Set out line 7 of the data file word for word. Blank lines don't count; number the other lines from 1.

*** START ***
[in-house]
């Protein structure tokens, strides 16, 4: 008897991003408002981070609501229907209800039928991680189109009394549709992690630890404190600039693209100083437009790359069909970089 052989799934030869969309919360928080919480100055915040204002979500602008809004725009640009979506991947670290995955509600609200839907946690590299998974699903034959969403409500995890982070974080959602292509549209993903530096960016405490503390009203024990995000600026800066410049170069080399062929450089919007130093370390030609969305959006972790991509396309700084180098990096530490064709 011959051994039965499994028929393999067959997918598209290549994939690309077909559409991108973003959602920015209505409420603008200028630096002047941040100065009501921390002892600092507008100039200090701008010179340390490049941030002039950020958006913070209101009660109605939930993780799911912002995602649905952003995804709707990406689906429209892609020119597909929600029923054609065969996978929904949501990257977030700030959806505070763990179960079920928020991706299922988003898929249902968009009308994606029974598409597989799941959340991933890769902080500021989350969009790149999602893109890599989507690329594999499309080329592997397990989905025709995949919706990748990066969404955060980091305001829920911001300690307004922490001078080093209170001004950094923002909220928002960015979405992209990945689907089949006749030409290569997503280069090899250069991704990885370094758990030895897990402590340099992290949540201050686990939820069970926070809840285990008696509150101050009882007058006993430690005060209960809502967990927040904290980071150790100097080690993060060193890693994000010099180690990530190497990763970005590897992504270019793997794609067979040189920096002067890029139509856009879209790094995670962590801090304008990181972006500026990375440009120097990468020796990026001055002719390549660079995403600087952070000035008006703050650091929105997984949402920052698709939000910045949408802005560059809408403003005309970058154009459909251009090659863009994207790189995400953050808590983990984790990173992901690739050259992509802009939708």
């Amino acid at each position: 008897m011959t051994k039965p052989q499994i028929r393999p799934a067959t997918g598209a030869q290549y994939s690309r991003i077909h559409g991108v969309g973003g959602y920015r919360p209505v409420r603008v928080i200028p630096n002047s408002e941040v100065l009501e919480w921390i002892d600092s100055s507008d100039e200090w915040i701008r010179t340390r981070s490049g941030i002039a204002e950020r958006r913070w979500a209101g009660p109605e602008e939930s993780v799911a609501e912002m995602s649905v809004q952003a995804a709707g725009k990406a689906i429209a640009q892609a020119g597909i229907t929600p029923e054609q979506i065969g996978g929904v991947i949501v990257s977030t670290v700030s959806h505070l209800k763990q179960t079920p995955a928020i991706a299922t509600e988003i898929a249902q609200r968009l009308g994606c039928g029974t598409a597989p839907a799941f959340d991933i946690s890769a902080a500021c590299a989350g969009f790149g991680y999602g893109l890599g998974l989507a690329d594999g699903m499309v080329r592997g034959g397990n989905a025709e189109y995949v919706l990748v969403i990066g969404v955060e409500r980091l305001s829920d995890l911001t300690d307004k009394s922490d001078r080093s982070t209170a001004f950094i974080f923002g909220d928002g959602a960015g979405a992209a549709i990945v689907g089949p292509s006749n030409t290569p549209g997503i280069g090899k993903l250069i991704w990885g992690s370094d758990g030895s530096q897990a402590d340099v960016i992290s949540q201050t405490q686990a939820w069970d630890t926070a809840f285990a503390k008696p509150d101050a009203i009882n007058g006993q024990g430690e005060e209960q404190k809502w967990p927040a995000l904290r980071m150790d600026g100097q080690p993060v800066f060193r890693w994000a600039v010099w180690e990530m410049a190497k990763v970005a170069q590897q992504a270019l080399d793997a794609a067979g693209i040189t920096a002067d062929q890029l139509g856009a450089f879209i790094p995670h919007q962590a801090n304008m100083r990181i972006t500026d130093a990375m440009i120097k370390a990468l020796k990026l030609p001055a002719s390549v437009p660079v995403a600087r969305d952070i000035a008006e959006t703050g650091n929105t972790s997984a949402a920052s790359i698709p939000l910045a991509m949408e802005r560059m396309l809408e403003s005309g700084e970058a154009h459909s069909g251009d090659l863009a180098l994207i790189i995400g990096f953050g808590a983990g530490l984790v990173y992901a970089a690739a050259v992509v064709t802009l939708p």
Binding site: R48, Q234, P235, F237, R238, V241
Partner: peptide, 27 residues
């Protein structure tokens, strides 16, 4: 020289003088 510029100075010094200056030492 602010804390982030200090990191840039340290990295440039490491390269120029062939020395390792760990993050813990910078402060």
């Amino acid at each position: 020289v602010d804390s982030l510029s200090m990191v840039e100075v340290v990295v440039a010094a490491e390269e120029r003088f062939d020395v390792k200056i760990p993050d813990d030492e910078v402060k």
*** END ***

């Amino acid at each position: 020289v602010d804390s982030l510029s200090m990191v840039e100075v340290v990295v440039a010094a490491e390269e120029r003088f062939d020395v390792k200056i760990p993050d813990d030492e910078v402060k």